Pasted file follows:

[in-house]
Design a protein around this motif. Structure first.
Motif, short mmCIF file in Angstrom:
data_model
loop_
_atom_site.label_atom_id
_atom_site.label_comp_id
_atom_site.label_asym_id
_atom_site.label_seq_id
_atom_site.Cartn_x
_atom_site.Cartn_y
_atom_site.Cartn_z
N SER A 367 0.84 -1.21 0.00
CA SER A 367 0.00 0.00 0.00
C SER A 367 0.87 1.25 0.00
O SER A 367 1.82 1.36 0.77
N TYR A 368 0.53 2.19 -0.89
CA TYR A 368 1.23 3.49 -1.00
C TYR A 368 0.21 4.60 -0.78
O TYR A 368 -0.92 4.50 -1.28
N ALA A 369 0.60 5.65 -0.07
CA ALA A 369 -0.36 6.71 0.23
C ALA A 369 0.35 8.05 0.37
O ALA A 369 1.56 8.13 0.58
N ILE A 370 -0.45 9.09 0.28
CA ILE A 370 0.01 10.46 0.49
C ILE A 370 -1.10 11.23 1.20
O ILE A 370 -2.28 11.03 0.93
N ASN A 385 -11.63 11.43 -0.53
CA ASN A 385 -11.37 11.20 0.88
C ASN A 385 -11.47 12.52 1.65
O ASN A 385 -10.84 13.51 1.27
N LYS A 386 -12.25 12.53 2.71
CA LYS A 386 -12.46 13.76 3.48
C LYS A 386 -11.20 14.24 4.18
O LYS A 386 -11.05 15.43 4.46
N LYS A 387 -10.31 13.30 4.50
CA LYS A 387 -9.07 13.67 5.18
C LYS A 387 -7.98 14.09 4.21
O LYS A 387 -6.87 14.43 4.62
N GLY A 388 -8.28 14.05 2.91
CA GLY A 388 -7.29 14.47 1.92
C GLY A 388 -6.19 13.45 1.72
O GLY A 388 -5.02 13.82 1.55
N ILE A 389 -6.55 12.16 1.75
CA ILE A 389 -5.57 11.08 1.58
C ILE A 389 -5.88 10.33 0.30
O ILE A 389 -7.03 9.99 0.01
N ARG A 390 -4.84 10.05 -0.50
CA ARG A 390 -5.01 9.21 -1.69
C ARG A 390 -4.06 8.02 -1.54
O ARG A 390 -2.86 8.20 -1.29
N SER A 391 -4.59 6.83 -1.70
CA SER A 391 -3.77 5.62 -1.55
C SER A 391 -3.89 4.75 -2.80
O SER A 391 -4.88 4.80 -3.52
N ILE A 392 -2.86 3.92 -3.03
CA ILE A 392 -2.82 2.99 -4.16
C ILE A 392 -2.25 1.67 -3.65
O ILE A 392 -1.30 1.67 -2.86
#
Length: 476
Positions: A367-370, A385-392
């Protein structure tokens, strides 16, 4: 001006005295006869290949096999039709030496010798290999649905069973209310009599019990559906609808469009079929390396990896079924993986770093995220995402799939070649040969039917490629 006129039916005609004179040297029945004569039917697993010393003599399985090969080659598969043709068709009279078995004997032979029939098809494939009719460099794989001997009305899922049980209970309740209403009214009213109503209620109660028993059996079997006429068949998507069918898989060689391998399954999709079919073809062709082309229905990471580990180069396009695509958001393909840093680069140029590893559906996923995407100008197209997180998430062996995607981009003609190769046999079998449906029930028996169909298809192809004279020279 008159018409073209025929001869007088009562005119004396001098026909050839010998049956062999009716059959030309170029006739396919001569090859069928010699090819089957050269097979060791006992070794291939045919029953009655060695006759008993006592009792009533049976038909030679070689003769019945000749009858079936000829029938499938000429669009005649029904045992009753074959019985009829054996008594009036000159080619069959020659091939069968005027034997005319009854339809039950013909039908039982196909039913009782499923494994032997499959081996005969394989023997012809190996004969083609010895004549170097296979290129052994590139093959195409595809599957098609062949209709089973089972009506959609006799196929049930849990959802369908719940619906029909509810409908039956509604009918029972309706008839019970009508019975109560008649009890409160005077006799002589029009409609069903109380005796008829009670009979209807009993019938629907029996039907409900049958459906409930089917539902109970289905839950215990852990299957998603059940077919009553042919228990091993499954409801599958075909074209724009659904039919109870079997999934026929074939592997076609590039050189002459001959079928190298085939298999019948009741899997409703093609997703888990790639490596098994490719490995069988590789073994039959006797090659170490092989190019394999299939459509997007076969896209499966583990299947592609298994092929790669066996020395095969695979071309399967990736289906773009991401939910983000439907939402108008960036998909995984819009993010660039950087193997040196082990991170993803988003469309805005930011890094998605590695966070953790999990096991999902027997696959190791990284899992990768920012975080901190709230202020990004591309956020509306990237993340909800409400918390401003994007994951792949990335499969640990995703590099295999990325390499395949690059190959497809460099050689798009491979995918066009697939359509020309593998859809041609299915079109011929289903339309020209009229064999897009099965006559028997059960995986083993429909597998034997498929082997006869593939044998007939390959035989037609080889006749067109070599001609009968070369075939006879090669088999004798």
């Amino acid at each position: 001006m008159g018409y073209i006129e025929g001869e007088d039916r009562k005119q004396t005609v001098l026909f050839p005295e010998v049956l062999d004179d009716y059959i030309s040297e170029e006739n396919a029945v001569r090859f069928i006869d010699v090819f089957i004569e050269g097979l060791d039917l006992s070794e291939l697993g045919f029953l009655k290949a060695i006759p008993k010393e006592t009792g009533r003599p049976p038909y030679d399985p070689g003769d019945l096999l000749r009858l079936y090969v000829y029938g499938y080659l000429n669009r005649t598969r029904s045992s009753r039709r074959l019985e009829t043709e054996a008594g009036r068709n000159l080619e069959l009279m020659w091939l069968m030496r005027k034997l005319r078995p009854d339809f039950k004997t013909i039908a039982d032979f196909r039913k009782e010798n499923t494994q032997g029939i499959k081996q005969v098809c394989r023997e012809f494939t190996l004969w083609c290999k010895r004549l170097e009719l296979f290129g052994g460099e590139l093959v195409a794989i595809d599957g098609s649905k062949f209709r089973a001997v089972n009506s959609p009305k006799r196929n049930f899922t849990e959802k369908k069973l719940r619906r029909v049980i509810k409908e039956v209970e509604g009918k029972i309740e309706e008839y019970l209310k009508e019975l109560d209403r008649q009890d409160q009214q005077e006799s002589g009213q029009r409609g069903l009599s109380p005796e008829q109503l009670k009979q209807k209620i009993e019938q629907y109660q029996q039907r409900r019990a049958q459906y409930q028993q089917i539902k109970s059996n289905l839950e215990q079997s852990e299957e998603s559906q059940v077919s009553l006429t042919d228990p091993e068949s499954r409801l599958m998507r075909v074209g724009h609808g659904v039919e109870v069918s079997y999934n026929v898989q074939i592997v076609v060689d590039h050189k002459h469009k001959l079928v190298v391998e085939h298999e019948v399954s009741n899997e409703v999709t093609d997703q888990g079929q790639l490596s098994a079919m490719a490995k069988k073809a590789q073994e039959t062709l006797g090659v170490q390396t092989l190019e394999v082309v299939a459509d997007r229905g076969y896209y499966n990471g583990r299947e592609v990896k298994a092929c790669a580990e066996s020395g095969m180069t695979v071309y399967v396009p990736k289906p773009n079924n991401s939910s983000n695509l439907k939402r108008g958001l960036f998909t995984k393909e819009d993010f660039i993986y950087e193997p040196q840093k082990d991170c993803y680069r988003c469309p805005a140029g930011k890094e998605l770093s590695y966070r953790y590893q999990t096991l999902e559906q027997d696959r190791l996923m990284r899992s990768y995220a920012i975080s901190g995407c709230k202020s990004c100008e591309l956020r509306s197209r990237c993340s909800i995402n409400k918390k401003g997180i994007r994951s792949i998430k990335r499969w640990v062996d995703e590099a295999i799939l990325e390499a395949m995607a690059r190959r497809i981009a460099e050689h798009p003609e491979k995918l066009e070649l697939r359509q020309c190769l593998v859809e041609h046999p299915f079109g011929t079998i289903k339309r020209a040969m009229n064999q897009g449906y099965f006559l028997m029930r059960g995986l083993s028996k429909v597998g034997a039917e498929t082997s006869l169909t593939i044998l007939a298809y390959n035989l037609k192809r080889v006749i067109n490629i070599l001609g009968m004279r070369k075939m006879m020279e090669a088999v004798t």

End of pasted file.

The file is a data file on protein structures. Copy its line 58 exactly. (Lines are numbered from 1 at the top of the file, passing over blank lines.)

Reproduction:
CA ILE A 392 -2.82 2.99 -4.16